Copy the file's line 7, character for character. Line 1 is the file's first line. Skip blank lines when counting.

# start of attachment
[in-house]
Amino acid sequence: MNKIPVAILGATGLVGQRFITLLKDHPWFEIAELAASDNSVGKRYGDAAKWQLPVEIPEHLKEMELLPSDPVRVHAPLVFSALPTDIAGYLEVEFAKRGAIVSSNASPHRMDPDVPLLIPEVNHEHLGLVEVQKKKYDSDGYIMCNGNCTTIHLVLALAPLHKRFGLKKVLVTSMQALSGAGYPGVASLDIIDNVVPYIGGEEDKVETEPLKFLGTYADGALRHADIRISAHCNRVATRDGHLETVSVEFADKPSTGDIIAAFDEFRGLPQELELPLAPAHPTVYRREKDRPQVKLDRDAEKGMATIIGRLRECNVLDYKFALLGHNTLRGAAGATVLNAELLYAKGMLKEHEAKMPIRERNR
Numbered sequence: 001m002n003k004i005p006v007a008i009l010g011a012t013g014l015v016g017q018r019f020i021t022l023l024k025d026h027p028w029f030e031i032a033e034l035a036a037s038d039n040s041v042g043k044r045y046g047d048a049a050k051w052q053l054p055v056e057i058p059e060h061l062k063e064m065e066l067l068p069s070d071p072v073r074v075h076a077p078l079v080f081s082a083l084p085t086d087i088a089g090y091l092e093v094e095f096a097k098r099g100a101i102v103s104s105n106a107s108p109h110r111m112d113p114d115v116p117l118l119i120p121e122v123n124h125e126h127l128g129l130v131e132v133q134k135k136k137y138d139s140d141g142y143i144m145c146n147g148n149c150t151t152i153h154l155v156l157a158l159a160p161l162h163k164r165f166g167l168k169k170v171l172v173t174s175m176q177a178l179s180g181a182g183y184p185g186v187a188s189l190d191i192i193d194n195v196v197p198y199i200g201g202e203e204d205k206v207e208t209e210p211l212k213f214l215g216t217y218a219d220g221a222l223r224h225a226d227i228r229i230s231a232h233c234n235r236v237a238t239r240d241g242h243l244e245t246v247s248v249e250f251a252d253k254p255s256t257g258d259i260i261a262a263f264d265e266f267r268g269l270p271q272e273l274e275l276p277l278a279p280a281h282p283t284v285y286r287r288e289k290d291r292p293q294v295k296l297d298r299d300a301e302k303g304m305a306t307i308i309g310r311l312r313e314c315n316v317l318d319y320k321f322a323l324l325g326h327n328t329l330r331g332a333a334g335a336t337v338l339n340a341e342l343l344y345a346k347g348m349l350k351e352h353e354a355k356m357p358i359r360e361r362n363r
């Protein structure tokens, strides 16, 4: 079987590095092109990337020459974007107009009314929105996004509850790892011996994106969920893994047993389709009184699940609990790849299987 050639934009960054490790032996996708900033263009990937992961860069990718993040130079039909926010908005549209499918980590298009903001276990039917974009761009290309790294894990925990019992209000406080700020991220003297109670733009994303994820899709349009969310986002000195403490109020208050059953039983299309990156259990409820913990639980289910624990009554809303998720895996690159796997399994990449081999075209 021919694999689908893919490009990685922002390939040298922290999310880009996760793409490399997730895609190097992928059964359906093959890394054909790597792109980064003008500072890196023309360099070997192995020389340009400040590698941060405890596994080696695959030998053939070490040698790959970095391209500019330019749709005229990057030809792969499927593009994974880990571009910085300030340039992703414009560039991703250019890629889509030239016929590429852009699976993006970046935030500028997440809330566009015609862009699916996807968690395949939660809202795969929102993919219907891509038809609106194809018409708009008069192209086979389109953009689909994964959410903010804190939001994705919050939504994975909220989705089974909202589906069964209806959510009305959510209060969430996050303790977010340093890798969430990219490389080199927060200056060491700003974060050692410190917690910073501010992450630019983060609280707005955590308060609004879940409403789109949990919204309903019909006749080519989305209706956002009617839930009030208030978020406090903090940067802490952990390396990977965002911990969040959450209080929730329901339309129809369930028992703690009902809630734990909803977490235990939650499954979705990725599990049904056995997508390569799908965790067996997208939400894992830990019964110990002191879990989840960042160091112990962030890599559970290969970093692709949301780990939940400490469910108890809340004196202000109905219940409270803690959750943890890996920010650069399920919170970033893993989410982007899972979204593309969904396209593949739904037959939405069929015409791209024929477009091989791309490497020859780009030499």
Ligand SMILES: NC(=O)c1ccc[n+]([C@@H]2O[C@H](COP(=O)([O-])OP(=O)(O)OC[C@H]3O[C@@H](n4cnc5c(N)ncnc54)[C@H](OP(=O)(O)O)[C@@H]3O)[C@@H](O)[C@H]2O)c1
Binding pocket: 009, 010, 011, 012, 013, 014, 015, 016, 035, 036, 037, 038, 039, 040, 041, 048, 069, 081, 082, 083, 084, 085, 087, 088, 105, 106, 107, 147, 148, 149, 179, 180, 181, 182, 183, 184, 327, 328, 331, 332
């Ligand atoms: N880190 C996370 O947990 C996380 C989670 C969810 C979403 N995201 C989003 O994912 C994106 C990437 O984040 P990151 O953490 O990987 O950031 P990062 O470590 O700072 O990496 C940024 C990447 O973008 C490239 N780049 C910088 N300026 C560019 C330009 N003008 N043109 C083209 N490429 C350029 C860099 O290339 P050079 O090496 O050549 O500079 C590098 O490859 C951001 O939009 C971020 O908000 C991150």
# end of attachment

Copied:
């Ligand atoms: N880190 C996370 O947990 C996380 C989670 C969810 C979403 N995201 C989003 O994912 C994106 C990437 O984040 P990151 O953490 O990987 O950031 P990062 O470590 O700072 O990496 C940024 C990447 O973008 C490239 N780049 C910088 N300026 C560019 C330009 N003008 N043109 C083209 N490429 C350029 C860099 O290339 P050079 O090496 O050549 O500079 C590098 O490859 C951001 O939009 C971020 O908000 C991150």